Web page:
Think tanks once had such studious, genteel atmospheres that they were known as “universities without students.” That era is long over, writes Tevi Troy, a senior fellow at the Hudson Institute, itself one of the older think tanks around. Many of these institutions now serve an array of functions, and an ability to wage partisan warfare is chief among them.
The nation’s oldest and most august think tanks, such as the Brookings Institution, established in 1916 in Washington, D.C., were founded out of a Progressive-era faith in the ability of experts to formulate superior public policies. As the federal government grew in the aftermath of the New Deal, think tanks proliferated, becoming critical sources of guidance for officials contending with an increasingly complex policymaking process.
Though some institutions had partisan tints, all were united in their remove from the messy business of politicking. Frustration with “this studied aloofness” led a band of right-leaning politicos to form the Heritage Foundation in 1973. Interested in determining the Republican agenda as much as informing it, Heritage saw more than 60 percent of its 2,000 policy recommendations adopted by the Reagan administration. The 1980s were boom times for conservative policy more broadly, as right-leaning academics gravitated toward the friendly atmosphere inside the Capital Beltway.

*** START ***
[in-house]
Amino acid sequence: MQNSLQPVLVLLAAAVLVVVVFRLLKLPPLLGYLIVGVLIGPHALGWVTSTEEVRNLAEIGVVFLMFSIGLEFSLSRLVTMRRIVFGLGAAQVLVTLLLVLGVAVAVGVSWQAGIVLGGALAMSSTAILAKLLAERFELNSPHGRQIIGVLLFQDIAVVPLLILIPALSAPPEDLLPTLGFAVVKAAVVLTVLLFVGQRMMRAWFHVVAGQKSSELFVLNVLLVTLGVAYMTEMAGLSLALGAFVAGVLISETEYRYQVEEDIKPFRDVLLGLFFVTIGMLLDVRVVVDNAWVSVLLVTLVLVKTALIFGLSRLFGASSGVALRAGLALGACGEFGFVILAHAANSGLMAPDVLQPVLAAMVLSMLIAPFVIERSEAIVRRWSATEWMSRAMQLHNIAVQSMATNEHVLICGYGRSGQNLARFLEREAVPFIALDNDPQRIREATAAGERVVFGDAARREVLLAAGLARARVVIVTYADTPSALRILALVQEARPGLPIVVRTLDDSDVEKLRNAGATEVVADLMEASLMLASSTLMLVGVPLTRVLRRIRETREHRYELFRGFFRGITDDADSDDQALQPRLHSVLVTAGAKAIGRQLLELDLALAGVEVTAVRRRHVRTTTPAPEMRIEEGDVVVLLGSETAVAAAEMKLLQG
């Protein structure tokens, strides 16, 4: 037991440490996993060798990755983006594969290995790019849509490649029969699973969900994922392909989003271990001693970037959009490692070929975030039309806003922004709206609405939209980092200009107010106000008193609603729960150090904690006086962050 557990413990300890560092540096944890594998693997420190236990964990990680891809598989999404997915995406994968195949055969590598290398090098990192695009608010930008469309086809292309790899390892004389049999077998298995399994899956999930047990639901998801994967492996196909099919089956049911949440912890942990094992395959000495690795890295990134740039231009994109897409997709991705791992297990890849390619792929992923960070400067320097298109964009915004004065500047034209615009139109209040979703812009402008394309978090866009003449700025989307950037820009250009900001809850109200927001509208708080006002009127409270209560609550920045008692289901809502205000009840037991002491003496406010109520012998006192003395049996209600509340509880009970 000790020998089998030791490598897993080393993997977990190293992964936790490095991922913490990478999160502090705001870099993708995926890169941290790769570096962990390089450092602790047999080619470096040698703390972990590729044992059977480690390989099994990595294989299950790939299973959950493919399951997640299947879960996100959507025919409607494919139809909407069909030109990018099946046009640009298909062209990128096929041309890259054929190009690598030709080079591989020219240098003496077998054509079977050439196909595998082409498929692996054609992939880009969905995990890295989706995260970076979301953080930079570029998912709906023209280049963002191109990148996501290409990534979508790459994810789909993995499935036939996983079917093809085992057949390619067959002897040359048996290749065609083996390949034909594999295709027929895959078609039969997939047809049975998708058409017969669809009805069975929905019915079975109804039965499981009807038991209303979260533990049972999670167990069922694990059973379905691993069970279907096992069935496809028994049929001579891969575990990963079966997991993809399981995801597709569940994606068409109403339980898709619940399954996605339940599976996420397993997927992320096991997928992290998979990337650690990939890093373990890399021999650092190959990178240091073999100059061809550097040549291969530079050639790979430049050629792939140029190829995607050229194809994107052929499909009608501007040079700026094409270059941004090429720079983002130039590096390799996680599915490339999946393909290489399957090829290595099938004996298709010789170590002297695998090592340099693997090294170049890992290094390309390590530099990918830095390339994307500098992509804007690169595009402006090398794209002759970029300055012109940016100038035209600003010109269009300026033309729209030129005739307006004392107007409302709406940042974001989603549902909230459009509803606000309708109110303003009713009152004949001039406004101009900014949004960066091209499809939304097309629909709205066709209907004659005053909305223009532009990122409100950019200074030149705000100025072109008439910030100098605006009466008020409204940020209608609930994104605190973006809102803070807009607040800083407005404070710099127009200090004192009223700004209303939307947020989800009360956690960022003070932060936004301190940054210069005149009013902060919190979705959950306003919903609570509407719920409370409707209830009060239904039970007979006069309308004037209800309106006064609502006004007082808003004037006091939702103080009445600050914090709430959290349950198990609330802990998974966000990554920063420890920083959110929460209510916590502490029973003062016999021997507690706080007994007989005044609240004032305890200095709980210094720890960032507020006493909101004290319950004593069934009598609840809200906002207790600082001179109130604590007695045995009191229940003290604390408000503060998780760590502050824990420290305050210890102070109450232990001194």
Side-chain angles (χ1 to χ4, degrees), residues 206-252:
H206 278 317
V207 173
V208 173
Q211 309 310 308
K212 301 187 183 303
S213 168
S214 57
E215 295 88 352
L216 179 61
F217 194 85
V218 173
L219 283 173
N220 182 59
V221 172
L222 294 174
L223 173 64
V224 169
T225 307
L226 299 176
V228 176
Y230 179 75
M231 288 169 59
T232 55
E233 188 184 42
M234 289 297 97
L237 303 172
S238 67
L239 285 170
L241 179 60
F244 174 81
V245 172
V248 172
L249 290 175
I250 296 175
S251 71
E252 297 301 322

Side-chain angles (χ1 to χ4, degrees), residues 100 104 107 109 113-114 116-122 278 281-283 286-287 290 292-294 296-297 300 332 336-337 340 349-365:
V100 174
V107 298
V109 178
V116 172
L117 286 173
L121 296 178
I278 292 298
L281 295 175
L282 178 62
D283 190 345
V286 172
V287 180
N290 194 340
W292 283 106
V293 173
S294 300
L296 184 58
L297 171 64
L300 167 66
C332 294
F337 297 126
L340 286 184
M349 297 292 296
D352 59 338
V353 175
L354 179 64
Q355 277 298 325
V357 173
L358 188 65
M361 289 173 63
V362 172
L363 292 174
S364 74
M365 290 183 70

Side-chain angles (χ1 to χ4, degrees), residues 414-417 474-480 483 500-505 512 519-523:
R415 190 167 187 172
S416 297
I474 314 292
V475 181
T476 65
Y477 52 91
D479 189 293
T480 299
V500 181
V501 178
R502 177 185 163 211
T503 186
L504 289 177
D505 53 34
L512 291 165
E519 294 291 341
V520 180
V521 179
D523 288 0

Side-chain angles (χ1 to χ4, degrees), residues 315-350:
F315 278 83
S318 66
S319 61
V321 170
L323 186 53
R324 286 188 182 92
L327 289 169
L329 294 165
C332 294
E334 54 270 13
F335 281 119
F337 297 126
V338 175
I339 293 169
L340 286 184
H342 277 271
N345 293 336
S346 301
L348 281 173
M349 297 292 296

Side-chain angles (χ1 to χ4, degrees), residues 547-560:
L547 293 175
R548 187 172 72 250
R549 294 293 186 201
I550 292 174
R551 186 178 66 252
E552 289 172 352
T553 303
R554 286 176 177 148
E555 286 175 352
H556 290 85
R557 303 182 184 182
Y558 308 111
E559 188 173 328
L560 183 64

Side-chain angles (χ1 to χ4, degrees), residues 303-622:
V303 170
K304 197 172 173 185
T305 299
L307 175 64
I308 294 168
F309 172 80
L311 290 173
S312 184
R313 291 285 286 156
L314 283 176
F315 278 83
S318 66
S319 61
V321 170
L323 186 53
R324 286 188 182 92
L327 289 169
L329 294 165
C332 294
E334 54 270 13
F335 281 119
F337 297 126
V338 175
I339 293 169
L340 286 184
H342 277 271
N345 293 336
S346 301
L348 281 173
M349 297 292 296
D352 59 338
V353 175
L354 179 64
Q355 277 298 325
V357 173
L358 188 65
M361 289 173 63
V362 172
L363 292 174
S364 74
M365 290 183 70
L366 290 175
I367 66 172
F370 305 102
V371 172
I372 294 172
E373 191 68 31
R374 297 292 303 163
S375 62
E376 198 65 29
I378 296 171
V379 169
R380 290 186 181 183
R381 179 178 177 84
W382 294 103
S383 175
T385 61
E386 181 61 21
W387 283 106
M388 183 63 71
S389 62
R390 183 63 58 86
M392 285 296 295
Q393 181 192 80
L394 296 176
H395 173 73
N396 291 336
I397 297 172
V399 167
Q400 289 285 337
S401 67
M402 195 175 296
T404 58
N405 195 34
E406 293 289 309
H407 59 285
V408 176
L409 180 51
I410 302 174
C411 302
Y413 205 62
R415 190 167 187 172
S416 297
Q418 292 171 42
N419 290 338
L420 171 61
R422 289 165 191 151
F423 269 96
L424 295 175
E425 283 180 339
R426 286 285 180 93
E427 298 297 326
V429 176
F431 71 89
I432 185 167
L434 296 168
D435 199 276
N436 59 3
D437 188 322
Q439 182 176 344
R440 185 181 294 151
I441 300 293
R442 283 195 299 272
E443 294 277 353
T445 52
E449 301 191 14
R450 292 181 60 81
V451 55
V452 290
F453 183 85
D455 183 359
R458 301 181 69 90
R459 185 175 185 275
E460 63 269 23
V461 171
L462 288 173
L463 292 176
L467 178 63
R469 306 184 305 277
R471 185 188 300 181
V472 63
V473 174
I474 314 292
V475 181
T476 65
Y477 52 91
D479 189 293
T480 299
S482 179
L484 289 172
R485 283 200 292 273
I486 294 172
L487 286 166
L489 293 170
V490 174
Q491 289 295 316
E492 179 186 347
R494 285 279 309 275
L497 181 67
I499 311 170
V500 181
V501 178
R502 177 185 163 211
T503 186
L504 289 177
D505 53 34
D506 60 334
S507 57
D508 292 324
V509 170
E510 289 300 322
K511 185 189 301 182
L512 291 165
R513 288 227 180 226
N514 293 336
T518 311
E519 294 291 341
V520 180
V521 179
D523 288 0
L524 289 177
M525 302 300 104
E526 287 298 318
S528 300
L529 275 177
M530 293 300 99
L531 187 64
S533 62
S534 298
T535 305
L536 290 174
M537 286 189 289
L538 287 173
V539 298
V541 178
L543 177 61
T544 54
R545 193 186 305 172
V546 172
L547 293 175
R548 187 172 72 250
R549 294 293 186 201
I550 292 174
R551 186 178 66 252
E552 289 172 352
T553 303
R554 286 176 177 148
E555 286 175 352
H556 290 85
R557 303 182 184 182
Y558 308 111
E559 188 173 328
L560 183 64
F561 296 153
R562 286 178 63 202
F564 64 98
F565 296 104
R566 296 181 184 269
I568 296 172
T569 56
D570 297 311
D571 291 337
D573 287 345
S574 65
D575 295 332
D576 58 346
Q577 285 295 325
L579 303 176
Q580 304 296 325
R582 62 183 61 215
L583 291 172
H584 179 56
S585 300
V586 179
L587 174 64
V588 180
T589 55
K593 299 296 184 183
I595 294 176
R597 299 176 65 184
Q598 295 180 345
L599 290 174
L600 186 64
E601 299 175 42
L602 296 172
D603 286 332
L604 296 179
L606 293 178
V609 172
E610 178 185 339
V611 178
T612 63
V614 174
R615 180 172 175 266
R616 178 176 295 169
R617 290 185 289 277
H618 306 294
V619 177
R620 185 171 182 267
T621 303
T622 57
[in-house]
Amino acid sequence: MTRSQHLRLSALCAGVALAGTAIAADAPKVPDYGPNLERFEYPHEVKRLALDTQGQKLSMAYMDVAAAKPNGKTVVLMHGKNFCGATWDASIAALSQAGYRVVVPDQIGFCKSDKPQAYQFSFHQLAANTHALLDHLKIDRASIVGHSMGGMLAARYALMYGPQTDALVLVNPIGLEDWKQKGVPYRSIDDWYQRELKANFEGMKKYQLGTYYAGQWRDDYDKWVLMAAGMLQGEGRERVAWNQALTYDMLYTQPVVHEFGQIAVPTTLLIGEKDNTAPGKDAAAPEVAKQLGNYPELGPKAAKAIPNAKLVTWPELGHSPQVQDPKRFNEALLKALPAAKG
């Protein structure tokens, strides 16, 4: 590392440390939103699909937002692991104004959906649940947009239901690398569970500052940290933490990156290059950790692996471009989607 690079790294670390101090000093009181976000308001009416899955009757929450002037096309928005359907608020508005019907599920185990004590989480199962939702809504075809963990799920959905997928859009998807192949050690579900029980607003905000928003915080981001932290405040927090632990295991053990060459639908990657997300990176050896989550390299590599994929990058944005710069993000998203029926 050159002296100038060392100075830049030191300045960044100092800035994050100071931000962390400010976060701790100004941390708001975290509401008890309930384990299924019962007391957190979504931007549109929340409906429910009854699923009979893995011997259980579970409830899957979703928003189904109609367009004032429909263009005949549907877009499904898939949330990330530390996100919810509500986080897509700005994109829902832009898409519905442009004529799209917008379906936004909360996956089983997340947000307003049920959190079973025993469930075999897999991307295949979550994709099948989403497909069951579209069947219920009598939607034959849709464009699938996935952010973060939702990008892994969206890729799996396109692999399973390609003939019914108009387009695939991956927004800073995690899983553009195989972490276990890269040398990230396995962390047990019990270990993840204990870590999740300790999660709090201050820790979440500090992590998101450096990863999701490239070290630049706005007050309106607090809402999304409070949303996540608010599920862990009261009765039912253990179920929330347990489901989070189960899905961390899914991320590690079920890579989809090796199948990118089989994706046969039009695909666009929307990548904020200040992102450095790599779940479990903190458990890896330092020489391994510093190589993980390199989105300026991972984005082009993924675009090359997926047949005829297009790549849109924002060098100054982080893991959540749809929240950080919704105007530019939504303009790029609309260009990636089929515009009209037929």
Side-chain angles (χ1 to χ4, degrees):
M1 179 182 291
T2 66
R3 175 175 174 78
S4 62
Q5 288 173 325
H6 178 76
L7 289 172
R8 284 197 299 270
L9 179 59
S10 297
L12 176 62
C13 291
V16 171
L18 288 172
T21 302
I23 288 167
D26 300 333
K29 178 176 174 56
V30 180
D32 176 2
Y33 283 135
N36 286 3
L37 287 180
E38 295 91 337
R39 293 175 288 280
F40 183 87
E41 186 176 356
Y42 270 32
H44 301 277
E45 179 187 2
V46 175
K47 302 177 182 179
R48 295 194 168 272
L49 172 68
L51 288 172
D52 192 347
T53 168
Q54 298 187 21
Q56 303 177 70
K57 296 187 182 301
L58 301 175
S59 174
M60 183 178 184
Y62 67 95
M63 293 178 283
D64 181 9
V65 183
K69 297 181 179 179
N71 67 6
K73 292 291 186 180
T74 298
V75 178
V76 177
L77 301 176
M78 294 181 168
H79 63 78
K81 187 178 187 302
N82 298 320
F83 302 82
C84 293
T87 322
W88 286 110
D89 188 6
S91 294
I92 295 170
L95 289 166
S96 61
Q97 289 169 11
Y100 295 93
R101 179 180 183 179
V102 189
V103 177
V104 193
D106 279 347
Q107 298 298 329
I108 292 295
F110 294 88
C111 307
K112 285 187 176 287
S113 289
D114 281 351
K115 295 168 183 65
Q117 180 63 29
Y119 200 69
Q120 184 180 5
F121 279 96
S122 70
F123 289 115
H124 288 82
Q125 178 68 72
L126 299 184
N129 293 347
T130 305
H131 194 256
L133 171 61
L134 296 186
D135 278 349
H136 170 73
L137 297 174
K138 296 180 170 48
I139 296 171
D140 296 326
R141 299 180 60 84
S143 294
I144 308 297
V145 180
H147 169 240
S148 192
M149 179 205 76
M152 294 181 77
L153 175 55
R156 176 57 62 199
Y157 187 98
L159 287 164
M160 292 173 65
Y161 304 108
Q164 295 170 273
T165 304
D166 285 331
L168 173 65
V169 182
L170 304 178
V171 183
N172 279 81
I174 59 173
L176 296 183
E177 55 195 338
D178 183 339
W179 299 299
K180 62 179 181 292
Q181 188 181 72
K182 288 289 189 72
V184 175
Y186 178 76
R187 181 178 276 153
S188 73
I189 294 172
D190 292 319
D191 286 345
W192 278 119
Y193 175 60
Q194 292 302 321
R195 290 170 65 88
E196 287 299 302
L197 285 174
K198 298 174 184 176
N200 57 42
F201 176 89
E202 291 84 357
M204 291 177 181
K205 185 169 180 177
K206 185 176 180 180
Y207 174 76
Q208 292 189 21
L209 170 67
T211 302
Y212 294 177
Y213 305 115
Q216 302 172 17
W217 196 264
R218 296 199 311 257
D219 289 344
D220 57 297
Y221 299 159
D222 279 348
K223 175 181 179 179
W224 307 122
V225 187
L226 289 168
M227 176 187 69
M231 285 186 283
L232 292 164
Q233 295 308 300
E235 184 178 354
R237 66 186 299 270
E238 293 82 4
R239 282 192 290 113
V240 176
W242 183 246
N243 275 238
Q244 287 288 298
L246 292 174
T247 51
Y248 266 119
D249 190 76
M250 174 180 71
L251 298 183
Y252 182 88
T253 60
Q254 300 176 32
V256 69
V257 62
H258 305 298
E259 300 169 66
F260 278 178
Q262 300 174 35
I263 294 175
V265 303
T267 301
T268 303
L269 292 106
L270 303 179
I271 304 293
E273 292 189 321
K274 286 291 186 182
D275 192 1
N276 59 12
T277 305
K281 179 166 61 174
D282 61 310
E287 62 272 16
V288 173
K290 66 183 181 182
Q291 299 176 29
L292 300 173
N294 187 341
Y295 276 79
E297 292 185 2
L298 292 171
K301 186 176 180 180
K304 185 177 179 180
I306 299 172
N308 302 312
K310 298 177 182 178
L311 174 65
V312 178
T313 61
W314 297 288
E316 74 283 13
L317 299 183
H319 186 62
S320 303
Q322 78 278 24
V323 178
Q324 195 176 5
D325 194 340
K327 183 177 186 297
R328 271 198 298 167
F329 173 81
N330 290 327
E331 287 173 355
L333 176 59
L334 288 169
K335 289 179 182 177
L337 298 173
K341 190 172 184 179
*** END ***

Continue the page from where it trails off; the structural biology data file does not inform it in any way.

“Lose an election, gain a think tank” has since become an adage as each departing administration creates a new crop of think tank derivatives, pushing up the number of think tanks and increasing their attention to “the formulation and advancement of political arguments.” There are now about 1,800 such institutions nationwide, in comparison to around 45 during World War II. Often they focus on single topics, such as Middle East policy or urban affairs. Some still produce rigorous research consumed at the top levels of government. But others also pump out rapid partisan responses to political events, provide safe harbor for former government officials when the political climate is unfavorable, and train like-minded activists in the arts of partisan warfare. The new priorities of the think tanks are reflected in their staffing: Among representative think tanks founded before 1960, 53 percent of scholars hold PhDs; among those founded after 1980, only 13 percent do, one study found.
Troy doesn't fault think tanks for their activist ways. Messaging has become integral to success in Washington. The real danger is that think tanks could shed their policy orientation completely, becoming nothing more than "part of the intellectual echo chamber of our politics."